Parties litigating in courts across the country routinely file some documents under seal as a matter of course. Sealing filed documents often is a practical necessity – parties need not disclose certain confidential information in the public domain, and parsing through filings and conferring with opposing counsel and third parties to determine what is truly confidential can be contentious, expensive, time-consuming and ultimately burdensome for the courts. While these are valid reasons for filing sealed documents, a recent Sixth Circuit decision, although rising from unusual facts, should give parties pause before filing large numbers of documents under seal.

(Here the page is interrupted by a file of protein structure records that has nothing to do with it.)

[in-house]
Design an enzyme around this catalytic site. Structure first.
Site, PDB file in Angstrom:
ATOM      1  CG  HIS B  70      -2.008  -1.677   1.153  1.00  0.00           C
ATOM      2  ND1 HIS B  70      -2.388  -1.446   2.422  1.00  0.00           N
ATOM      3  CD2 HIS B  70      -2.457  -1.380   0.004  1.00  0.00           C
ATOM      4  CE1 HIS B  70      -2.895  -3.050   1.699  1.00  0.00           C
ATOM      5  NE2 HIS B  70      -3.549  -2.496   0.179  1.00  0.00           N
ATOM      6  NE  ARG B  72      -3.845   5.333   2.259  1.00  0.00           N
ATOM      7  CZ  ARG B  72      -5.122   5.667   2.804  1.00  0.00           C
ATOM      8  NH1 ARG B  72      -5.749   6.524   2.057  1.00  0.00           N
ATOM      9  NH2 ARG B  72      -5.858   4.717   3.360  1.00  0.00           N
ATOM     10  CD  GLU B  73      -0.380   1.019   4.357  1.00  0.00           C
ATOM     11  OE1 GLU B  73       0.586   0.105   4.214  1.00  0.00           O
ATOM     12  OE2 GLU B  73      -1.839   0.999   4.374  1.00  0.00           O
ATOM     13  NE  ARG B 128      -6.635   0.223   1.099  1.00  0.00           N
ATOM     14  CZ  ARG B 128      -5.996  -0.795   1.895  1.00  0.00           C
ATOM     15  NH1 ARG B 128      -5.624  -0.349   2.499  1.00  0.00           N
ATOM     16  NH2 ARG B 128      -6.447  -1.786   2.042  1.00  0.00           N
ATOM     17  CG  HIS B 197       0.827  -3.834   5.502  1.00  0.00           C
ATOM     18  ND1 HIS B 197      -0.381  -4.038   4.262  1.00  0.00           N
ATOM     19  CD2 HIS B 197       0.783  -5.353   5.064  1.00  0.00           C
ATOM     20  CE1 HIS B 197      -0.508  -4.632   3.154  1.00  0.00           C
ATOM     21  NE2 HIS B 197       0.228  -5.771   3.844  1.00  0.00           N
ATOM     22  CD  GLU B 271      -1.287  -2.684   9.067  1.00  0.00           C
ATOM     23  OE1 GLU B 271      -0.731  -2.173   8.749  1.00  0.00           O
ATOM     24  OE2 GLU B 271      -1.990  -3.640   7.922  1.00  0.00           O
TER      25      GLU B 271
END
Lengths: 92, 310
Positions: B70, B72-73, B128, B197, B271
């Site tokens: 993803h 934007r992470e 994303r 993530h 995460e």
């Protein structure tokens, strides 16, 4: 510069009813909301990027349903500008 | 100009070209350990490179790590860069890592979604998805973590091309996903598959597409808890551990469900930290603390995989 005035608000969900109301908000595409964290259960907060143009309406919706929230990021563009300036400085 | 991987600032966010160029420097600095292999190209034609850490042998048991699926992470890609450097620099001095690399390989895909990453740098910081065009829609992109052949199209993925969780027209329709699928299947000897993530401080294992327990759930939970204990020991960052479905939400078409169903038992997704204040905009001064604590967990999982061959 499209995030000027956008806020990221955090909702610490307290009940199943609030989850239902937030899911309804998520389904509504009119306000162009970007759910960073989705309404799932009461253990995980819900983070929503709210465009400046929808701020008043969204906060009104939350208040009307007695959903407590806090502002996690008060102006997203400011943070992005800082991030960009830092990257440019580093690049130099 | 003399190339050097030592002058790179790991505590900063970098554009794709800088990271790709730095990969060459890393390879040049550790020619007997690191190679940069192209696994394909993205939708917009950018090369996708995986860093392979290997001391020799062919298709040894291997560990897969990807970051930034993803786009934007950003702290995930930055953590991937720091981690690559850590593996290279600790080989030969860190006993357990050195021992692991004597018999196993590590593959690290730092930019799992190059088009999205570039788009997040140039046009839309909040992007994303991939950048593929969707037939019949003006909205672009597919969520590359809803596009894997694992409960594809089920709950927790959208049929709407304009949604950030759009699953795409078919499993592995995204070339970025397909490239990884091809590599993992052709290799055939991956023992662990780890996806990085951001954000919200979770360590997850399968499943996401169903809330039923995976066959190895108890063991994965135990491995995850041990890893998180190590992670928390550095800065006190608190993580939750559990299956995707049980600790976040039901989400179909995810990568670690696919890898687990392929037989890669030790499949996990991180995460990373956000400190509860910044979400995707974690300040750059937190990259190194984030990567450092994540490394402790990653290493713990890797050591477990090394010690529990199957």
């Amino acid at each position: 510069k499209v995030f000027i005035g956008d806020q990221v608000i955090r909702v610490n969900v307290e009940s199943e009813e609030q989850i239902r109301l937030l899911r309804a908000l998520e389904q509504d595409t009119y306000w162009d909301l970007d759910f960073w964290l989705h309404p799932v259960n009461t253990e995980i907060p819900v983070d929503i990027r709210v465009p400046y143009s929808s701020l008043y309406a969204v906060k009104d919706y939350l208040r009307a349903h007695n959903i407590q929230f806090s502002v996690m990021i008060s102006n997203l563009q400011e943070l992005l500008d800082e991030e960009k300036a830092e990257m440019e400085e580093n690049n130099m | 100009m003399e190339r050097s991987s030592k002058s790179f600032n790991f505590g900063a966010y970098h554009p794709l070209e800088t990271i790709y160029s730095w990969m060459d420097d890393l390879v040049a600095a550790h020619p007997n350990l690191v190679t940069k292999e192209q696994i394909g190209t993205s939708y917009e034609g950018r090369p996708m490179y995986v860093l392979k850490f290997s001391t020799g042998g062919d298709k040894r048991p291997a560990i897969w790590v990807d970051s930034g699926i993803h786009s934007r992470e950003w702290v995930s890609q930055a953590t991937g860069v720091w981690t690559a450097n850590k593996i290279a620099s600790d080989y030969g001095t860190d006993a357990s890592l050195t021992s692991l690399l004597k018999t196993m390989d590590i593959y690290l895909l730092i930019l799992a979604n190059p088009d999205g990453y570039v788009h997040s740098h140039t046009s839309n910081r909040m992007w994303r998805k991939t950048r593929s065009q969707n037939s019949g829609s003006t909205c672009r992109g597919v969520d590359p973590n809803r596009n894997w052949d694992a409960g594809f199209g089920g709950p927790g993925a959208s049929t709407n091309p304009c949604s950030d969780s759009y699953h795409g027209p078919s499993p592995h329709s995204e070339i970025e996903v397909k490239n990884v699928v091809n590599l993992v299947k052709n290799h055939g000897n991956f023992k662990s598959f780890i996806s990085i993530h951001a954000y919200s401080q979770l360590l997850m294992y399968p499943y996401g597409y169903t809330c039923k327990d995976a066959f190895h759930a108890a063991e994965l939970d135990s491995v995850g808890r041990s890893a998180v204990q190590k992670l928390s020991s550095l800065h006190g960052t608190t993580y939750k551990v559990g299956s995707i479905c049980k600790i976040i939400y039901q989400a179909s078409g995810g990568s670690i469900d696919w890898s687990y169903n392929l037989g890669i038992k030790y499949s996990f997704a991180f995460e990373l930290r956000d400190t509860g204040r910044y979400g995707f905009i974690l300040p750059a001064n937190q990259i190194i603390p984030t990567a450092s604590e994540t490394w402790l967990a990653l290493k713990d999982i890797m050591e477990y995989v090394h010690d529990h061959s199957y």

Shane Group, Inc. v. Blue Cross Blue Shield of Michigan, No. 15-1544, 2016 U.S. App. LEXIS 10264 (6th Cir. June 7, 2016), is a class action alleging that Blue Cross Blue Shield of Michigan (“BCBS MI”) used its market power to require hospitals in Michigan to enter most favored nation agreements that resulted in higher rates for “Blue Cross’s customers and everyone else – while preserving or expanding Blue Cross’s market share.” The class actions commenced following a similar lawsuit by the U.S. Department of Justice (“DOJ”). Information generated during the DOJ litigation, which had been designated “confidential,” was provided to the private litigants. Given the information had been designated confidential, BCBS MI, while defending itself against this class action, submitted voluminous filings under seal. Likewise, the plaintiffs filed the operative complaint (which cited previously designated confidential information) plus many other documents under seal. After the parties reached a class settlement, objecting class members claimed they were unable to scrutinize the settlement due to the broad extent of the sealed court filings. Regardless, the district court approved the settlement. Continue Reading